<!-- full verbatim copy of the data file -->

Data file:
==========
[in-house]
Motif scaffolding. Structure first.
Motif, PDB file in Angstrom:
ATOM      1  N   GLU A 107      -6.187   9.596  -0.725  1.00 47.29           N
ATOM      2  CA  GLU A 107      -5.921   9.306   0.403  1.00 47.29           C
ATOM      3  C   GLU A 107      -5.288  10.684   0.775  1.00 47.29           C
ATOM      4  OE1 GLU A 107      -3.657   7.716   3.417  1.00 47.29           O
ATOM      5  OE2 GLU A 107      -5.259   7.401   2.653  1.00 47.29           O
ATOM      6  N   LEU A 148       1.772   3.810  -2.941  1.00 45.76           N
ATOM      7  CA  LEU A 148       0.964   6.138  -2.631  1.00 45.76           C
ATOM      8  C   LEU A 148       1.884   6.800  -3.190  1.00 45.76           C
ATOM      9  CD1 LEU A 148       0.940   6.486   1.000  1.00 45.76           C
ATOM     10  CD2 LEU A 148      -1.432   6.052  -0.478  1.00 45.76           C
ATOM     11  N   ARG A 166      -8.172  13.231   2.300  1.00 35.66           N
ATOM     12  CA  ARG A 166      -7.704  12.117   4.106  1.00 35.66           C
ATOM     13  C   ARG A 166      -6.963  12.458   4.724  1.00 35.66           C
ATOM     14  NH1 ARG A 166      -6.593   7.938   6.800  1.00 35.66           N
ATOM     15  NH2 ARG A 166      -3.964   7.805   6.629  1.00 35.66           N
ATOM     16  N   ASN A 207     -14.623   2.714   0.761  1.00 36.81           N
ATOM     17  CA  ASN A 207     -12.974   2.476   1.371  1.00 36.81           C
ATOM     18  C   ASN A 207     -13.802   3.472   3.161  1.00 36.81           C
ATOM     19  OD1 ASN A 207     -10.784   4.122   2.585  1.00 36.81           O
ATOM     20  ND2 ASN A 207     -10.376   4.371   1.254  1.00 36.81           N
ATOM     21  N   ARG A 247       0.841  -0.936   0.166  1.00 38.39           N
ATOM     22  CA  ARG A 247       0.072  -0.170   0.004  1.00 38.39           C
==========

[in-house]
Motif scaffolding. Structure first.
Motif, PDB file in Angstrom:
ATOM      1  N   GLU A 107      -6.187   9.596  -0.725  1.00 47.29           N
ATOM      2  CA  GLU A 107      -5.921   9.306   0.403  1.00 47.29           C
ATOM      3  C   GLU A 107      -5.288  10.684   0.775  1.00 47.29           C
ATOM      4  OE1 GLU A 107      -3.657   7.716   3.417  1.00 47.29           O
ATOM      5  OE2 GLU A 107      -5.259   7.401   2.653  1.00 47.29           O
ATOM      6  N   LEU A 148       1.772   3.810  -2.941  1.00 45.76           N
ATOM      7  CA  LEU A 148       0.964   6.138  -2.631  1.00 45.76           C
ATOM      8  C   LEU A 148       1.884   6.800  -3.190  1.00 45.76           C
ATOM      9  CD1 LEU A 148       0.940   6.486   1.000  1.00 45.76           C
ATOM     10  CD2 LEU A 148      -1.432   6.052  -0.478  1.00 45.76           C
ATOM     11  N   ARG A 166      -8.172  13.231   2.300  1.00 35.66           N
ATOM     12  CA  ARG A 166      -7.704  12.117   4.106  1.00 35.66           C
ATOM     13  C   ARG A 166      -6.963  12.458   4.724  1.00 35.66           C
ATOM     14  NH1 ARG A 166      -6.593   7.938   6.800  1.00 35.66           N
ATOM     15  NH2 ARG A 166      -3.964   7.805   6.629  1.00 35.66           N
ATOM     16  N   ASN A 207     -14.623   2.714   0.761  1.00 36.81           N
ATOM     17  CA  ASN A 207     -12.974   2.476   1.371  1.00 36.81           C
ATOM     18  C   ASN A 207     -13.802   3.472   3.161  1.00 36.81           C
ATOM     19  OD1 ASN A 207     -10.784   4.122   2.585  1.00 36.81           O
ATOM     20  ND2 ASN A 207     -10.376   4.371   1.254  1.00 36.81           N
ATOM     21  N   ARG A 247       0.841  -0.936   0.166  1.00 38.39           N
ATOM     22  CA  ARG A 247       0.072  -0.170   0.004  1.00 38.39           C